Clive Efford: Will the hon. Gentleman be the Government's conscience on the freedom pass, because when one looks at all the people who have tried to undermine it in the past, one realises that they have all been Conservatives. They have described the pass as a stealth tax, or said that it goes to the wrong people. Would it be a resigning issue for him if the scheme were to be watered down in any way, and will he keep a weather eye out for those nasty colleagues of his who always try to undermine the freedom pass?
Norman Baker: It is something of a record to ask a Minister whether he might consider resigning when he is answering his first departmental question. I am happy to assure the hon. Gentleman that the coalition-both parties-are committed to free bus travel for older people, as I set out. Indeed, that is enshrined in primary legislation, so I think that his fears are groundless.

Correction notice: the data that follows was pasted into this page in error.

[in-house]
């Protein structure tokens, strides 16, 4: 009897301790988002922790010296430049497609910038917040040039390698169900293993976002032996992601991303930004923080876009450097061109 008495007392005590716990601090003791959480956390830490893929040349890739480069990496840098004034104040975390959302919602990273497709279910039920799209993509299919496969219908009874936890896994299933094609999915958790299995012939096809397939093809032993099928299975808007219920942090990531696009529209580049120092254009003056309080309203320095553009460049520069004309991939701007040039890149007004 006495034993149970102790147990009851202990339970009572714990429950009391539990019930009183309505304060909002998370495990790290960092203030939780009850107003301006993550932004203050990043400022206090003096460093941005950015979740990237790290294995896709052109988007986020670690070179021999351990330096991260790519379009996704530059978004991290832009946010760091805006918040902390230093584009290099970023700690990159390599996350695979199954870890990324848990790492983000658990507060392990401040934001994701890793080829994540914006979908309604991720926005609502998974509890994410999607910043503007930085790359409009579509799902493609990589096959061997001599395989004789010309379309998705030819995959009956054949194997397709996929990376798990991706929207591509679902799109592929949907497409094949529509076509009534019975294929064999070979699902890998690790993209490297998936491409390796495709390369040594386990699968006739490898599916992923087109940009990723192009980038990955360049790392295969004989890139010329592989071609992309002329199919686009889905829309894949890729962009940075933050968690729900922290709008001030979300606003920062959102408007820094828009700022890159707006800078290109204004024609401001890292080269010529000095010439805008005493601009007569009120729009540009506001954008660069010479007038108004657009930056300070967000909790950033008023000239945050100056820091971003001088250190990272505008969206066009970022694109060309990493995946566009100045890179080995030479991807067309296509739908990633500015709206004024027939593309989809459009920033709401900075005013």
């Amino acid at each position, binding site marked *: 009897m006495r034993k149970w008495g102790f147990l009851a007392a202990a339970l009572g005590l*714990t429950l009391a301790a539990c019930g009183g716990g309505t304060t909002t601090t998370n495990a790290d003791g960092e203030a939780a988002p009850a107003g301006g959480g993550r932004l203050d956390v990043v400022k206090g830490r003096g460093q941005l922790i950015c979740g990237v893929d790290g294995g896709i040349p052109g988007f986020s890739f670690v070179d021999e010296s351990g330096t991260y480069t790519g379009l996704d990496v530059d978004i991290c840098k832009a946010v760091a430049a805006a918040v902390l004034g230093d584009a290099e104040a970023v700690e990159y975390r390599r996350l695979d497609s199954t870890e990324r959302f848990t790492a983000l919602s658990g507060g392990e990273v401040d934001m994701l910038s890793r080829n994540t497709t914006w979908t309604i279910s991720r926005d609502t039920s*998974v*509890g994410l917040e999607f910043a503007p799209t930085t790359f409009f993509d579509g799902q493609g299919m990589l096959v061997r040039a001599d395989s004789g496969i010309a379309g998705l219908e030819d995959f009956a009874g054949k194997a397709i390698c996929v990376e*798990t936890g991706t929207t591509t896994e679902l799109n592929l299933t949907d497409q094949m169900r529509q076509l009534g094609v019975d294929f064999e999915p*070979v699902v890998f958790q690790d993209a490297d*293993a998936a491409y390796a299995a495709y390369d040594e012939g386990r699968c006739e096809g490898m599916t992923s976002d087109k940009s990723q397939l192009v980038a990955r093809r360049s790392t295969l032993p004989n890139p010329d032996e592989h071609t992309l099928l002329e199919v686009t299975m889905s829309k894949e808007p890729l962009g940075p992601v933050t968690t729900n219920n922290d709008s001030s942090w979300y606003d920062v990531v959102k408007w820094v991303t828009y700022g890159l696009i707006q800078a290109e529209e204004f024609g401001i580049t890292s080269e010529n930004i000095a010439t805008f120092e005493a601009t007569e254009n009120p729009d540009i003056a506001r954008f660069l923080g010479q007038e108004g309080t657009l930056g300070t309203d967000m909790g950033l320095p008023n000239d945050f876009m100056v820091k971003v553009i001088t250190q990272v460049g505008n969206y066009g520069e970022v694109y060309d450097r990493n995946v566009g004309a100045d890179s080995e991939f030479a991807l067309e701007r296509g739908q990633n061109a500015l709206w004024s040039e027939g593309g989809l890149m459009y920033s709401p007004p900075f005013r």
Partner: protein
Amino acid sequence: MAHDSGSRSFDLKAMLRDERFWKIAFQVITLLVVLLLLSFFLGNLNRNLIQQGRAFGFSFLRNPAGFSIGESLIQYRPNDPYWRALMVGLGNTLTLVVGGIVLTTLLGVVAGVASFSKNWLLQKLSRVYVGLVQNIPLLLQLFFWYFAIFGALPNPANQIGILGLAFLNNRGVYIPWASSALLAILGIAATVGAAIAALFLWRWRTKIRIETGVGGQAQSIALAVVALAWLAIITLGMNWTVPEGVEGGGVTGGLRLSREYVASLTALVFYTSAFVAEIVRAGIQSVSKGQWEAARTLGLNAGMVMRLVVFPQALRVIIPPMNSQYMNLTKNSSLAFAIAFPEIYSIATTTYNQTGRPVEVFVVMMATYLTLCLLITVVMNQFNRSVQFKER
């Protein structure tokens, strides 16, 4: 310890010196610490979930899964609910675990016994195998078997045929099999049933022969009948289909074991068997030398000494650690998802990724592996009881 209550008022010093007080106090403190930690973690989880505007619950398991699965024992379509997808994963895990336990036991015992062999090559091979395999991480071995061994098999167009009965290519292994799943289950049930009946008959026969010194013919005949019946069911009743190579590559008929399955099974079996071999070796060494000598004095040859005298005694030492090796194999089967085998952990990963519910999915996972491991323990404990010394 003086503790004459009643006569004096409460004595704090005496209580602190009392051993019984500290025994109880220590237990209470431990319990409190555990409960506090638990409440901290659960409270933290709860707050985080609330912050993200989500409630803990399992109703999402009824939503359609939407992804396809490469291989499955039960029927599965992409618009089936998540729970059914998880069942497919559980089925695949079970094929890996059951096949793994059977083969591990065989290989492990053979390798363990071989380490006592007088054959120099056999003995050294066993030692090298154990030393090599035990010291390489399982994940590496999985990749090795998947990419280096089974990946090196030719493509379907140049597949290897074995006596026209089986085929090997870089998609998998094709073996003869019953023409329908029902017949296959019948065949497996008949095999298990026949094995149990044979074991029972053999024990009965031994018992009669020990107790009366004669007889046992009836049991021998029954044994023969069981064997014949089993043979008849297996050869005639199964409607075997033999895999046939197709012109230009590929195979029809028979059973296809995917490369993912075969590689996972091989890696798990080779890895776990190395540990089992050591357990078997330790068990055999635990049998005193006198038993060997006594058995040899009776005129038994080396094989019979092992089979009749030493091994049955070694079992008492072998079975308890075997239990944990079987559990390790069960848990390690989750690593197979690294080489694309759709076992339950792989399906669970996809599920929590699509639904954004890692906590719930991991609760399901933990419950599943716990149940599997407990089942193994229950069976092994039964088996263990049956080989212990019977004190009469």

Bob Blackman (Harrow East) (Con): The Labour Government reduced the grant for the bus concessionary scheme in London by some £25 million quite late on in the process. Will the Minister confirm that the coalition will not do anything similar to the council tax payers of London?
Mr William Bain (Glasgow North East) (Lab): I welcome the Minister and his colleagues to their appointments, and we wish them well in their responsibilities. It is hard not to notice that the Department is led by two former shadow Chief Secretaries to the Treasury, at least one of whom would rather like to be Chief Secretary to the Treasury, so the Opposition will be keeping a very careful eye on them to ensure that they are genuine advocates for modern transport infrastructure, and not holding office simply to wield the Chancellor's axe.